Dan Boeckner has his vein of indie rock pretty well established – his cracked yelp can make any trite exclamation into an undeniable anthem (see: “This Heart’s On Fire) and his sense of melody always presents itself as complicated, but tends to just be simple, fleeting and transforming (see: “Language City“, “Soldier’s Grin”). This niche is mostly rooted in Wolf Parade, a project that heads the prolific resumes of both Spencer Krug and Boeckner. And where Krug has Sunset Rubdown, Boeckner has Handsome Furs, a husband-and-wife collaboration with writer/keyboardist Alexei Perry.
In the past this project has been a narrowly focused form of Boeckner’s indulgences. Never bent on virtuosity or accessibility, his work rides a hard eccentric edge and the more skeletal arrangements put forth by Handsome Furs didn’t leave listeners much to latch onto without the dedication required for repeated attentive visits. Sound Kapital presents a sea change, seemingly a result of the pair’s conscious decision to write the album exclusively with keyboards, leaving Boeckner’s axe in its case for nearly the whole of Sound Kapital.
This leaves us with something that resembles Cut Copy’s sense of ’80s-style electronic melody, only instead of their glossy presentation, Handsome Furs presents that sensibility through a European, industrious filter. In other words, it’s something of a bizarro-Robyn, taking her pure white imagery and tainting it derelict. “When I Get Back” opens with an electronic exclamation point, a blindsiding gut-check to expectations. As I’ve mentioned, Boeckner’s work has always been simple, yet this level of user-friendliness is unheard of. There’s a danceable immediacy here that was often weighted down by abstraction on previous releases.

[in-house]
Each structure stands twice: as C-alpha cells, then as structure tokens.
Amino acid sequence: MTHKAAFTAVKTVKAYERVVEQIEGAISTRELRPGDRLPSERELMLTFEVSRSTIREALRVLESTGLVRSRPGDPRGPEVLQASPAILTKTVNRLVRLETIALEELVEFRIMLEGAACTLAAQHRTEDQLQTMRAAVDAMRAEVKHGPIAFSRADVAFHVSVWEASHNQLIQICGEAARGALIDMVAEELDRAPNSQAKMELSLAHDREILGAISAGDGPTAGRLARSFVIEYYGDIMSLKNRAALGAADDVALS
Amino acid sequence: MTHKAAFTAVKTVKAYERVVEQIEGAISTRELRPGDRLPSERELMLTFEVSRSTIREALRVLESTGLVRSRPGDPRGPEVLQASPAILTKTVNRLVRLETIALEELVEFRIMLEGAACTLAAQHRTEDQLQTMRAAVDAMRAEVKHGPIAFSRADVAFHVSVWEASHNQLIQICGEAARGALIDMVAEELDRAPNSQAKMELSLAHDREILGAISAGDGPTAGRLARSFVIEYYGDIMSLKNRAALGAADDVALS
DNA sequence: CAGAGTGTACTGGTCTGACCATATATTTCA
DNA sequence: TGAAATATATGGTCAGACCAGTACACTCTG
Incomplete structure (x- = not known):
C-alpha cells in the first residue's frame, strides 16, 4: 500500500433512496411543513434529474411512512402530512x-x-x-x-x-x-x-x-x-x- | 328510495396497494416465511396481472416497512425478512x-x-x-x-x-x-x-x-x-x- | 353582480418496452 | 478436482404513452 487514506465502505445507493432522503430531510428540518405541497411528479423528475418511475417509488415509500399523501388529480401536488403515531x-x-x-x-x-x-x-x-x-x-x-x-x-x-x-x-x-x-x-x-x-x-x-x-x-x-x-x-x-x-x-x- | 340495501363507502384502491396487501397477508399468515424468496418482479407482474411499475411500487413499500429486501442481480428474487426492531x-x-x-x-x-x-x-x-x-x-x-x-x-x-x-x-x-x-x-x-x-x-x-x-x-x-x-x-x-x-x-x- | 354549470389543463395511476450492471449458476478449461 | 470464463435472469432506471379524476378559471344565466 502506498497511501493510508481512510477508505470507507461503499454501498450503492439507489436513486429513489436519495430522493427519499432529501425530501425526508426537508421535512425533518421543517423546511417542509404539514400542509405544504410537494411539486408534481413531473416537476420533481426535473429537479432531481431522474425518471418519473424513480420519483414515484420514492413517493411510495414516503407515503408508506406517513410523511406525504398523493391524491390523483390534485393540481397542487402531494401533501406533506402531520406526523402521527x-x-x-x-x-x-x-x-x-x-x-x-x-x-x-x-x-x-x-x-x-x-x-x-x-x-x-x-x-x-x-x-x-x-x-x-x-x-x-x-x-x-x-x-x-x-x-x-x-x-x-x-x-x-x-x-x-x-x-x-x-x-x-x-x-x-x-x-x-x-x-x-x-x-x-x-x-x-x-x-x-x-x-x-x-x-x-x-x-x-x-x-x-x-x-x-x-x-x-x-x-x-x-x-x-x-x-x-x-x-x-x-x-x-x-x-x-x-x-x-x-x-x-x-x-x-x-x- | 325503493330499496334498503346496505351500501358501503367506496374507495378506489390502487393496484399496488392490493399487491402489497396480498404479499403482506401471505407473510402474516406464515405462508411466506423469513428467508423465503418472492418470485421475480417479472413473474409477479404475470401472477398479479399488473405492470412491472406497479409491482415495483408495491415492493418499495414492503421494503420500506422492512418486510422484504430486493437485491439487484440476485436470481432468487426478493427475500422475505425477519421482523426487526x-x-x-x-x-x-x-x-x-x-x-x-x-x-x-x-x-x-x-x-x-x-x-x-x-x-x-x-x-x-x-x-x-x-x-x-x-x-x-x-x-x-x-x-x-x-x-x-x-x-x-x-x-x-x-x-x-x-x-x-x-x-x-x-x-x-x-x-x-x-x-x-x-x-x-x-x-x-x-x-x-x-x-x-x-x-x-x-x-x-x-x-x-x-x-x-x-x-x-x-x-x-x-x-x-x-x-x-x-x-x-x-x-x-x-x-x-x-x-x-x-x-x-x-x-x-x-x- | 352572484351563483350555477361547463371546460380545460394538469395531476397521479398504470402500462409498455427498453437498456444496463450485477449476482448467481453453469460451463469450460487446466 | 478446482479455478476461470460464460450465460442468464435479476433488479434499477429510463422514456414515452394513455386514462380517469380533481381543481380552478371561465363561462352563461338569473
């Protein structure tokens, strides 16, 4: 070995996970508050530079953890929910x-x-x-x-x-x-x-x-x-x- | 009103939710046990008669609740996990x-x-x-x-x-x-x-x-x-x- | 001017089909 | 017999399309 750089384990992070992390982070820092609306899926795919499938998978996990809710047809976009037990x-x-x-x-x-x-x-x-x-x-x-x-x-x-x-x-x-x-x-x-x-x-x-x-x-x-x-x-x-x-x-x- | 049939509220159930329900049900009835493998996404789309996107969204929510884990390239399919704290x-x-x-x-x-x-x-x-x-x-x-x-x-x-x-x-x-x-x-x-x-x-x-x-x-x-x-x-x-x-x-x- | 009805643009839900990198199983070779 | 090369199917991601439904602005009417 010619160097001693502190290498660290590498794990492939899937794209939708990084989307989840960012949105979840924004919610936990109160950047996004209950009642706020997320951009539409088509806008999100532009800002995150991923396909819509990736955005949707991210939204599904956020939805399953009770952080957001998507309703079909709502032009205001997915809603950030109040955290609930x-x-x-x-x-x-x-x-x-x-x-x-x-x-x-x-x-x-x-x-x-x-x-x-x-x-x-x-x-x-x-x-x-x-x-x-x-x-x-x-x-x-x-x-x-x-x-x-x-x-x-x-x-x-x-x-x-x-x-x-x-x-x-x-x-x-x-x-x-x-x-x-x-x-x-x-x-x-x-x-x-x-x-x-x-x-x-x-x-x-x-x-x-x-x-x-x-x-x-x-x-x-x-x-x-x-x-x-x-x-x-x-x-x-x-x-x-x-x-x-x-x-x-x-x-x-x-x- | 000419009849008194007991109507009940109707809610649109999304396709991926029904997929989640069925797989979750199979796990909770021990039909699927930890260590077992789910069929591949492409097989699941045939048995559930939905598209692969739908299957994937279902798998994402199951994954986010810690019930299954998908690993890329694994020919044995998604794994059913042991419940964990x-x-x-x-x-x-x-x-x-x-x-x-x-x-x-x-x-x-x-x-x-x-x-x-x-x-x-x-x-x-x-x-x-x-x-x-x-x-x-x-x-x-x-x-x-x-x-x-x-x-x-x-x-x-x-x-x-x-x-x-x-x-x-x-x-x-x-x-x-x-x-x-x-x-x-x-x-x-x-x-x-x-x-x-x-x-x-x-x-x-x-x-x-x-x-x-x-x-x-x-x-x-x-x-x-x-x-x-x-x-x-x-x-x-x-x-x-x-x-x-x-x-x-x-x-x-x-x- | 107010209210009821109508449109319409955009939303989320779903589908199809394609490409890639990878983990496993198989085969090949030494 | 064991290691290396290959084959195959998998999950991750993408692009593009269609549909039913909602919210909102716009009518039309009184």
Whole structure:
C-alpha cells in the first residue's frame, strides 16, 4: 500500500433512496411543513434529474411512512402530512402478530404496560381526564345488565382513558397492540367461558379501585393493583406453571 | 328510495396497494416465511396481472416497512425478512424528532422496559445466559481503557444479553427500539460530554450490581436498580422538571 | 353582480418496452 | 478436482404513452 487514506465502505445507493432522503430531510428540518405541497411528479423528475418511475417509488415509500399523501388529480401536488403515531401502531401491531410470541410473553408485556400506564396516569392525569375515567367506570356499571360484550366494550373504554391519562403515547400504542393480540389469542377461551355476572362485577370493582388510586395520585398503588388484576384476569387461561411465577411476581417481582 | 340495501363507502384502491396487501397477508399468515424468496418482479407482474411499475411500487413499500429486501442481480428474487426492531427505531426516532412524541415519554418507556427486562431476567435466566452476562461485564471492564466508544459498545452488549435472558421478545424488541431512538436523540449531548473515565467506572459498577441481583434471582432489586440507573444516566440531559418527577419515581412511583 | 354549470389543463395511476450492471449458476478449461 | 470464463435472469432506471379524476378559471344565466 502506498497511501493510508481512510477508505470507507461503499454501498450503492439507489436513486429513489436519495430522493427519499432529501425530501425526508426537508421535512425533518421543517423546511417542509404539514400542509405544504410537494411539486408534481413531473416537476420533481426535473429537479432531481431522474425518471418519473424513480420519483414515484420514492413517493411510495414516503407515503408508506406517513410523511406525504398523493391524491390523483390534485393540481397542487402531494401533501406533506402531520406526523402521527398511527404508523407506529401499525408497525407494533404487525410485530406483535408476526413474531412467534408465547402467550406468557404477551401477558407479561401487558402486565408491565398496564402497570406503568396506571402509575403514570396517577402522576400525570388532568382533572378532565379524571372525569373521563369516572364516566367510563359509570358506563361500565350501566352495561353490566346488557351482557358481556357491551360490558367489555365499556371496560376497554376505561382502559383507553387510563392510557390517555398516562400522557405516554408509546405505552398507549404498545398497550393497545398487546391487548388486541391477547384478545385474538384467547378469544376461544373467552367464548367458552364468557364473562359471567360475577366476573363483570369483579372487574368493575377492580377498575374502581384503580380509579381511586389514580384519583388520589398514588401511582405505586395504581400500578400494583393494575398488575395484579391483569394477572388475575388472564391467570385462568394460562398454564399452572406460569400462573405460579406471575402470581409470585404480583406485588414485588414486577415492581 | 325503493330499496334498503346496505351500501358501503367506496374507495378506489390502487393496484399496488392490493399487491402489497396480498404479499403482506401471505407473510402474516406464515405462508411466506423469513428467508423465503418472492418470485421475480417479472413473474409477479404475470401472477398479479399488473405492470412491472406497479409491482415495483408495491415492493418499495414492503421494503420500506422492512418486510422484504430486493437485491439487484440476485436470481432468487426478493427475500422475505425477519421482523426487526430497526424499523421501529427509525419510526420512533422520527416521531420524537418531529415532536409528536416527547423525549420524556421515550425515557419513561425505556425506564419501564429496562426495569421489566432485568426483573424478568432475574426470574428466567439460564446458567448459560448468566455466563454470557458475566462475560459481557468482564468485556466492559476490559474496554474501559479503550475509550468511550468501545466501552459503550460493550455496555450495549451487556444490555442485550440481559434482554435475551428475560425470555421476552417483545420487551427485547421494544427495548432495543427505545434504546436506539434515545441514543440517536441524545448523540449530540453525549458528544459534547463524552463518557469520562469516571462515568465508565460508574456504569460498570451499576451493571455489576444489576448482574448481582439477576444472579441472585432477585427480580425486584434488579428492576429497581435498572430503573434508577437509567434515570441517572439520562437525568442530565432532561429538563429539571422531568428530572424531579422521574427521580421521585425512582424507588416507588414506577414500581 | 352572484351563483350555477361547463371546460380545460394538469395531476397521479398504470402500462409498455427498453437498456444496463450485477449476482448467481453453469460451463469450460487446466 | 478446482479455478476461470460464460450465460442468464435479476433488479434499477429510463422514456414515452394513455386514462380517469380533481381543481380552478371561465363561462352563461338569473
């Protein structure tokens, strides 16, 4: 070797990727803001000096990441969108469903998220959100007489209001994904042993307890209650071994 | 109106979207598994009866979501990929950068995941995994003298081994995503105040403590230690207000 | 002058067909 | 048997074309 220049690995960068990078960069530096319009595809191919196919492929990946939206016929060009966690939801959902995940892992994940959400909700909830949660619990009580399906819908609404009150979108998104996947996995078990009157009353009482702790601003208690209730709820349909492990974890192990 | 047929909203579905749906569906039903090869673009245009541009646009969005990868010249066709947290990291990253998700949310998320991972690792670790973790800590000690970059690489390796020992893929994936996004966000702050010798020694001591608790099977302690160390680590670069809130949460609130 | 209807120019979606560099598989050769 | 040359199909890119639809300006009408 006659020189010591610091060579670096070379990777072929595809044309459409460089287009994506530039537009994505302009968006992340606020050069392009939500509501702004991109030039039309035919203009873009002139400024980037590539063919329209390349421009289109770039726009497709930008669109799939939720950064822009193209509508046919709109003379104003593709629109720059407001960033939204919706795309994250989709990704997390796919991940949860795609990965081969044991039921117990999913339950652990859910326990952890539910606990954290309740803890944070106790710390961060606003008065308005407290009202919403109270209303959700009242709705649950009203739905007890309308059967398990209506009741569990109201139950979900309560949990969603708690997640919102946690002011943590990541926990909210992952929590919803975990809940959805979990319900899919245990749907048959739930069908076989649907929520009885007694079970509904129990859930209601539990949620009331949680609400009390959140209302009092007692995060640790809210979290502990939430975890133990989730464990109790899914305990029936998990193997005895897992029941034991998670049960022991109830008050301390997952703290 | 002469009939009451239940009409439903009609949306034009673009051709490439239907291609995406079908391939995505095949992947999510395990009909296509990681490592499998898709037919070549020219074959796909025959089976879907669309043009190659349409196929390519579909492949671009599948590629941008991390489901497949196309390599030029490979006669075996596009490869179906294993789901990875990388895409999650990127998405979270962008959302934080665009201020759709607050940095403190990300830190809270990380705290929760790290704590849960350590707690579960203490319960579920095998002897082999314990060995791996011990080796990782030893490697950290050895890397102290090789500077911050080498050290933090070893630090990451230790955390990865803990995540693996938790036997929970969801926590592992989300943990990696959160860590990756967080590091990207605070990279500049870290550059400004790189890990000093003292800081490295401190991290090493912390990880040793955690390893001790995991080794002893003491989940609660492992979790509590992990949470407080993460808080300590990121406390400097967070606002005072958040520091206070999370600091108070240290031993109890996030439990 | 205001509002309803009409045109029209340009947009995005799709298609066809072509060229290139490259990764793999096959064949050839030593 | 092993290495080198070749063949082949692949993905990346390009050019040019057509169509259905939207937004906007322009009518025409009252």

The austere accessibility established on the opener continues, though the synths never again reach that grandeur, more often providing an undercurrent on slow-churners like “Damage” and “Bury Me Standing,” where the track’s visceral nature surfaces not through volume but instead sober agitation. An unabashed political flair takes over the lyrics at times (especially in the literal and figurative centerpieces of the album: “Memories of the Future” and “Serve the People”) which shouldn’t surprise anybody familiar with the couple and their journalistic hobbies – e.g. starring in a web travelogue for CNN.com.
As far as the duo is concerned, it finally feels like they’ve arrived at a unique identity to call their own, so as to crawl out from the shadow of Boeckner’s work with Wolf Parade and transcend the designation as mere side-project. And as for Boeckner, this will undoubtedly receive polarized reactions – die-hards could be turned off by the stark shift to ’80s electronic influences, meanwhile, others who have never been able to break through his eccentric brand of art-rock may finally have something to grab onto in his catalogue. Regardless of which side of that fence you land on, there’s no denying that Boeckner is most certainly still making worthwhile, interesting rock music.
Bright Eyes – Digital Ash in a Digital Urn
Cut Copy – Bright Like Neon Love
Orchestral Manoeuvres in the Dark – Architecture & Morality
Stream: Handsome Furs – “What About Us”